We have reported earlier about a new echo system by Toshiba. Now Toshiba reports that they have devised a new ultrasound technique for the system, that is designed to enhance diagnosis and treatment of heart failure, through monitoring of ventricular mechanical dyssynchrony:
The new imaging technique will be presented to cardiologists for the first time at the 2005 Annual Scientific Session of the American College of Cardiology (ACC) in Orlando, Fla.
“With the development of Dyssynchrony Imaging, Toshiba is providing cardiologists with a new innovation that expands the quantification capabilities of ultrasound to aid in diagnosing cardiovascular disease,” said Gordon Parhar, director, Ultrasound Business Unit, Toshiba America Medical Systems, Inc. “The DI method makes it easier for clinicians to determine the severity of dyssynchrony by having an automated detection of maximum values and a visual display of time to peak for each region. DI also will be a valuable tool in assessing patients for cardiac resynchronization therapy, providing clinicians with a pathway treatment from pre-implant to post implantation of the pacemaker.”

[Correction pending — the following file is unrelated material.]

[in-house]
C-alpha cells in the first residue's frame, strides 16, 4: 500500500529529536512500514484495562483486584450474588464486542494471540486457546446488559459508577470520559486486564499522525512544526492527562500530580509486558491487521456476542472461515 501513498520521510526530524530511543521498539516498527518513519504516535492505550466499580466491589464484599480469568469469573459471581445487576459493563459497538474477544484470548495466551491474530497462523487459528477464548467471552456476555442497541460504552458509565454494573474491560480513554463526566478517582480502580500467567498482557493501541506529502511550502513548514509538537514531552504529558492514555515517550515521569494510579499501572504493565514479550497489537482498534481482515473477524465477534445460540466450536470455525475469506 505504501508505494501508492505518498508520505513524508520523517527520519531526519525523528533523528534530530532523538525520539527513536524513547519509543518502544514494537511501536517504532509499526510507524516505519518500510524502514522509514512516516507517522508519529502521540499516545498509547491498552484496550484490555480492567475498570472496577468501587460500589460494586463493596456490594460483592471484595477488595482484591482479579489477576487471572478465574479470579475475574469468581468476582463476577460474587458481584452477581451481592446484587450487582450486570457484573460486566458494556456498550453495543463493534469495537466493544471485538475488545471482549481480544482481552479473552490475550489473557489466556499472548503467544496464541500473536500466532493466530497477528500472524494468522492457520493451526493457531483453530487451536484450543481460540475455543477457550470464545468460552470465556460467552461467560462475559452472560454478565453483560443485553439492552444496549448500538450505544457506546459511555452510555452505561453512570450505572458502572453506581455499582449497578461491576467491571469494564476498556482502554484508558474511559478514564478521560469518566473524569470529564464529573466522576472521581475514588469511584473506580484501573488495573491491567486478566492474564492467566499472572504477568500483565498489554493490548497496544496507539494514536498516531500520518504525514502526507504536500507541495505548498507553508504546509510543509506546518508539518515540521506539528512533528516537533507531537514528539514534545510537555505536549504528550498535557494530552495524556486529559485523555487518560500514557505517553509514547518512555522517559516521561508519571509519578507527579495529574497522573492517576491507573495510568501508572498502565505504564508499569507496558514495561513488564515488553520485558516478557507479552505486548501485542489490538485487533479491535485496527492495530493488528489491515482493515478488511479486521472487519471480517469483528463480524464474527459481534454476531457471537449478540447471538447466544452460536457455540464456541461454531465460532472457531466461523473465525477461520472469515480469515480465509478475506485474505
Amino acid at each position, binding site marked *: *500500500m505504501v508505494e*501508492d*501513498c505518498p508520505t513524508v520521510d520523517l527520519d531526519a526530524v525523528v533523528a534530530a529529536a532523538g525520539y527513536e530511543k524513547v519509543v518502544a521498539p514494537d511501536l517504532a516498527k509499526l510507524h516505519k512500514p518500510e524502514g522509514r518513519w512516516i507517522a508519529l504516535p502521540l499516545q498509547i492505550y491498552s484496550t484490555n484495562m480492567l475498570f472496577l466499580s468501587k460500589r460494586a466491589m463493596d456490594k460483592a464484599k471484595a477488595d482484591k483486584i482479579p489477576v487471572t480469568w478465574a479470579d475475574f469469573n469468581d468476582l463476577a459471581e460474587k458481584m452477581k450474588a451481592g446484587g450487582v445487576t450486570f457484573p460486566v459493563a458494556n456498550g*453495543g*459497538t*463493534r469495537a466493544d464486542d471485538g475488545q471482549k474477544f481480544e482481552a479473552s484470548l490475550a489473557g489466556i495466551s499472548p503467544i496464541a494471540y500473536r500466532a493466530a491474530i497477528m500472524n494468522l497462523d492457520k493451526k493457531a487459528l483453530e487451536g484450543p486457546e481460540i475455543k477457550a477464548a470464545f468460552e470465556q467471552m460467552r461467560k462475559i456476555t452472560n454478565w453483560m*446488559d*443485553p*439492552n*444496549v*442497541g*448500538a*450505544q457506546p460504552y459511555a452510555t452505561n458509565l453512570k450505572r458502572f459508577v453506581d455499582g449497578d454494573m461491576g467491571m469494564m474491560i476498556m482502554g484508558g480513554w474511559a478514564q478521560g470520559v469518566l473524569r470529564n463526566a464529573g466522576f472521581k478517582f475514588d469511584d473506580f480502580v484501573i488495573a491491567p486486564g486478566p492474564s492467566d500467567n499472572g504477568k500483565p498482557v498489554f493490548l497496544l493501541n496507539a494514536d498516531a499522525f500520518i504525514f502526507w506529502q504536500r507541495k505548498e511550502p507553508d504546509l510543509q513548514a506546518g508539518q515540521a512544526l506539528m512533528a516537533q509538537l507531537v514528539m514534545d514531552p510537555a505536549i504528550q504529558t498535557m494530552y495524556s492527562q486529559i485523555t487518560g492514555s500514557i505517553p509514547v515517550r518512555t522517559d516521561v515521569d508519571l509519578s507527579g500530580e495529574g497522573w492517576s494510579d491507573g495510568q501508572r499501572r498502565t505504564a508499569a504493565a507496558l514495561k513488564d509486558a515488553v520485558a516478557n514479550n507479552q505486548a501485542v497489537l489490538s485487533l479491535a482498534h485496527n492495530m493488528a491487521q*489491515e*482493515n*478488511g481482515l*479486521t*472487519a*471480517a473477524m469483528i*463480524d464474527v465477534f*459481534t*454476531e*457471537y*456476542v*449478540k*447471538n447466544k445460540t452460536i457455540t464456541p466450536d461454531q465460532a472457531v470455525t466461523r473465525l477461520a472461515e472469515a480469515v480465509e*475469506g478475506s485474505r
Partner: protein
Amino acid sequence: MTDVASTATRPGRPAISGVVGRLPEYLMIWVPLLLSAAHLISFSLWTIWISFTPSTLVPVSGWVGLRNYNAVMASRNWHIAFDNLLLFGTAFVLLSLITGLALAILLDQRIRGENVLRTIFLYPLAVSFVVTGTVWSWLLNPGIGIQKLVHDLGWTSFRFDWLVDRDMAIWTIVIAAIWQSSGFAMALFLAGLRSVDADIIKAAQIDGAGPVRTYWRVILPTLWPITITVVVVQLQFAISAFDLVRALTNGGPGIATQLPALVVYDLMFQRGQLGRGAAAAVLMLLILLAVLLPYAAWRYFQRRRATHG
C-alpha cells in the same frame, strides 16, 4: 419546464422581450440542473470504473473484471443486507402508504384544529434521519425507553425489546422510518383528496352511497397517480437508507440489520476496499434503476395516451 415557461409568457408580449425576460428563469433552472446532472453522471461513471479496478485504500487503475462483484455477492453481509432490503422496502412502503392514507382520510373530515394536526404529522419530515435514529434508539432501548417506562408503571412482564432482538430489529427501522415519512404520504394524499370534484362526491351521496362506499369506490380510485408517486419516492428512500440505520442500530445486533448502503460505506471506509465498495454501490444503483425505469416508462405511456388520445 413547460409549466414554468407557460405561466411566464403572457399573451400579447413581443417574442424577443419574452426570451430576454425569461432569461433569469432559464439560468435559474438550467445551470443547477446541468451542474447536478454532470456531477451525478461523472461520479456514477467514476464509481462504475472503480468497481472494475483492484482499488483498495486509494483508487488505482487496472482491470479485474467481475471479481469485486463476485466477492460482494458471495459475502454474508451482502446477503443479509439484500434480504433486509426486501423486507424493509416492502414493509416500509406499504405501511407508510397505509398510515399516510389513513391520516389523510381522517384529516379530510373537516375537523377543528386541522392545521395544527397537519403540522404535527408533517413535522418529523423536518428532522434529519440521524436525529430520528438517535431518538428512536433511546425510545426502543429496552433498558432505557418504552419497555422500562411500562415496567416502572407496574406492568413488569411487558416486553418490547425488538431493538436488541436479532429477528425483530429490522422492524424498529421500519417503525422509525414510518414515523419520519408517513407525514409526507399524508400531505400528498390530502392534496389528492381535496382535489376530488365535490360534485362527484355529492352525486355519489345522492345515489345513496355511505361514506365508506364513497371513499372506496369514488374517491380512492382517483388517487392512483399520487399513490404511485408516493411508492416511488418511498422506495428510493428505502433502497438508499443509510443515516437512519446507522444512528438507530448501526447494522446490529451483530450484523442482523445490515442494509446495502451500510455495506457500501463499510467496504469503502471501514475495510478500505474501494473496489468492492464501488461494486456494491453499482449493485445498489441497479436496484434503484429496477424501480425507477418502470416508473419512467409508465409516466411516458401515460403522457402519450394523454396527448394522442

“The Aplio’s Dyssynchrony Imaging is a new method to quantify radial mechanical dyssynchrony in heart failure patients and can assess improvements after cardiac resynchronization associated with the acute hemodynamic response,” said John Gorcsan III, M.D., director, Echocardiography Laboratories, Professor of Medicine, University of Pittsburgh. Dr. Gorcsan is the primary investigator in the U.S. for Toshiba’s Dyssynchrony Imaging.
The Aplio CV’s new DI technique aids cardiologists in the quantification of left ventricular mechanical dyssynchrony by providing a color-coded display that demonstrates the timing of events within the myocardium of the heart. Early mechanical events are green and severely delayed events are displayed red, allowing clinicians to quickly identify the presence and severity of the patient’s dyssynchronous events.
In addition, with the use of Toshiba’s angle corrected technology, cardiologists also have the ability to evaluate the synchronicity not only longitudinally but can use the short axis view to obtain radial information.
More at Toshiba…